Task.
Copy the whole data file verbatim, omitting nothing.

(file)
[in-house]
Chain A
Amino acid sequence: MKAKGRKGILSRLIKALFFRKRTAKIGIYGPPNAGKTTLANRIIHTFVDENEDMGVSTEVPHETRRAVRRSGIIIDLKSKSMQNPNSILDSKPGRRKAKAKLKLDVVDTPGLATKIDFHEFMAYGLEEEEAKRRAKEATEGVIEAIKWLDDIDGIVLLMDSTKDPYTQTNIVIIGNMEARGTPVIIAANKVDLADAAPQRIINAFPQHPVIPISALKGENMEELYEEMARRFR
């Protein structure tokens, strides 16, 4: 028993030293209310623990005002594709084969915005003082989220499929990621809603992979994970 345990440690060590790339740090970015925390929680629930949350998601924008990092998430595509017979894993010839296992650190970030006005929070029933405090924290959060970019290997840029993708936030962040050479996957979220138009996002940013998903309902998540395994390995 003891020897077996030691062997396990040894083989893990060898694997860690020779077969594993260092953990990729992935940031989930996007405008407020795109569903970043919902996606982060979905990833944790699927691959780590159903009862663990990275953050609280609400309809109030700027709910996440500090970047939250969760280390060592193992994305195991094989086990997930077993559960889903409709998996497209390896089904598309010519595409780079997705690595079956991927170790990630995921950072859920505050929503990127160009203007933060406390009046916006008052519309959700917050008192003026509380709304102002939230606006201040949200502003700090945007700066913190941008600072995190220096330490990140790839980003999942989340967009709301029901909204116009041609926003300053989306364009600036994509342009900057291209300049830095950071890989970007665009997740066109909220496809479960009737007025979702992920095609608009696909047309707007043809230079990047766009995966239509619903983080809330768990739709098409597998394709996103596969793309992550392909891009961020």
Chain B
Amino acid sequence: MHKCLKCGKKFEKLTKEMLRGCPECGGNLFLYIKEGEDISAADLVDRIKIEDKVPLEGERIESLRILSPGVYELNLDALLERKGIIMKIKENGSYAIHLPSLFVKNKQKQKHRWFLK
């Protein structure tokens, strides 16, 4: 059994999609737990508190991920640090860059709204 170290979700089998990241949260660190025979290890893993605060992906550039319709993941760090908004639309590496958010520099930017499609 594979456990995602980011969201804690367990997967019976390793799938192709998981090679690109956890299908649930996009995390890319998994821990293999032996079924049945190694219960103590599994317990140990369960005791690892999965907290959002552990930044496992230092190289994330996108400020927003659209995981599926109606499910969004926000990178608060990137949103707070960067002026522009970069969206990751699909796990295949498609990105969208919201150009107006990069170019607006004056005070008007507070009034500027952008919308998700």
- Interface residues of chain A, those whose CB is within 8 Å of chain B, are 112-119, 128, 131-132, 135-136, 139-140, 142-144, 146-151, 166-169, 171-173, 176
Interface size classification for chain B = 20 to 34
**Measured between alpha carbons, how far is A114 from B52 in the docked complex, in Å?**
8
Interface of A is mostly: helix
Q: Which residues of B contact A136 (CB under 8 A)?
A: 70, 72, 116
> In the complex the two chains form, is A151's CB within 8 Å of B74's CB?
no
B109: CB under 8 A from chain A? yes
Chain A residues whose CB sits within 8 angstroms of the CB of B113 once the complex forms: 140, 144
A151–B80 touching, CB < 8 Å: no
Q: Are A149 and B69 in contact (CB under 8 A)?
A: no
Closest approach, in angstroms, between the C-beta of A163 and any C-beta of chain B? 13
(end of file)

[in-house]
Chain A
Amino acid sequence: MKAKGRKGILSRLIKALFFRKRTAKIGIYGPPNAGKTTLANRIIHTFVDENEDMGVSTEVPHETRRAVRRSGIIIDLKSKSMQNPNSILDSKPGRRKAKAKLKLDVVDTPGLATKIDFHEFMAYGLEEEEAKRRAKEATEGVIEAIKWLDDIDGIVLLMDSTKDPYTQTNIVIIGNMEARGTPVIIAANKVDLADAAPQRIINAFPQHPVIPISALKGENMEELYEEMARRFR
């Protein structure tokens, strides 16, 4: 028993030293209310623990005002594709084969915005003082989220499929990621809603992979994970 345990440690060590790339740090970015925390929680629930949350998601924008990092998430595509017979894993010839296992650190970030006005929070029933405090924290959060970019290997840029993708936030962040050479996957979220138009996002940013998903309902998540395994390995 003891020897077996030691062997396990040894083989893990060898694997860690020779077969594993260092953990990729992935940031989930996007405008407020795109569903970043919902996606982060979905990833944790699927691959780590159903009862663990990275953050609280609400309809109030700027709910996440500090970047939250969760280390060592193992994305195991094989086990997930077993559960889903409709998996497209390896089904598309010519595409780079997705690595079956991927170790990630995921950072859920505050929503990127160009203007933060406390009046916006008052519309959700917050008192003026509380709304102002939230606006201040949200502003700090945007700066913190941008600072995190220096330490990140790839980003999942989340967009709301029901909204116009041609926003300053989306364009600036994509342009900057291209300049830095950071890989970007665009997740066109909220496809479960009737007025979702992920095609608009696909047309707007043809230079990047766009995966239509619903983080809330768990739709098409597998394709996103596969793309992550392909891009961020």
Chain B
Amino acid sequence: MHKCLKCGKKFEKLTKEMLRGCPECGGNLFLYIKEGEDISAADLVDRIKIEDKVPLEGERIESLRILSPGVYELNLDALLERKGIIMKIKENGSYAIHLPSLFVKNKQKQKHRWFLK
């Protein structure tokens, strides 16, 4: 059994999609737990508190991920640090860059709204 170290979700089998990241949260660190025979290890893993605060992906550039319709993941760090908004639309590496958010520099930017499609 594979456990995602980011969201804690367990997967019976390793799938192709998981090679690109956890299908649930996009995390890319998994821990293999032996079924049945190694219960103590599994317990140990369960005791690892999965907290959002552990930044496992230092190289994330996108400020927003659209995981599926109606499910969004926000990178608060990137949103707070960067002026522009970069969206990751699909796990295949498609990105969208919201150009107006990069170019607006004056005070008007507070009034500027952008919308998700």
- Interface residues of chain A, those whose CB is within 8 Å of chain B, are 112-119, 128, 131-132, 135-136, 139-140, 142-144, 146-151, 166-169, 171-173, 176
Interface size classification for chain B = 20 to 34
**Measured between alpha carbons, how far is A114 from B52 in the docked complex, in Å?**
8
Interface of A is mostly: helix
Q: Which residues of B contact A136 (CB under 8 A)?
A: 70, 72, 116
> In the complex the two chains form, is A151's CB within 8 Å of B74's CB?
no
B109: CB under 8 A from chain A? yes
Chain A residues whose CB sits within 8 angstroms of the CB of B113 once the complex forms: 140, 144
A151–B80 touching, CB < 8 Å: no
Q: Are A149 and B69 in contact (CB under 8 A)?
A: no
Closest approach, in angstroms, between the C-beta of A163 and any C-beta of chain B? 13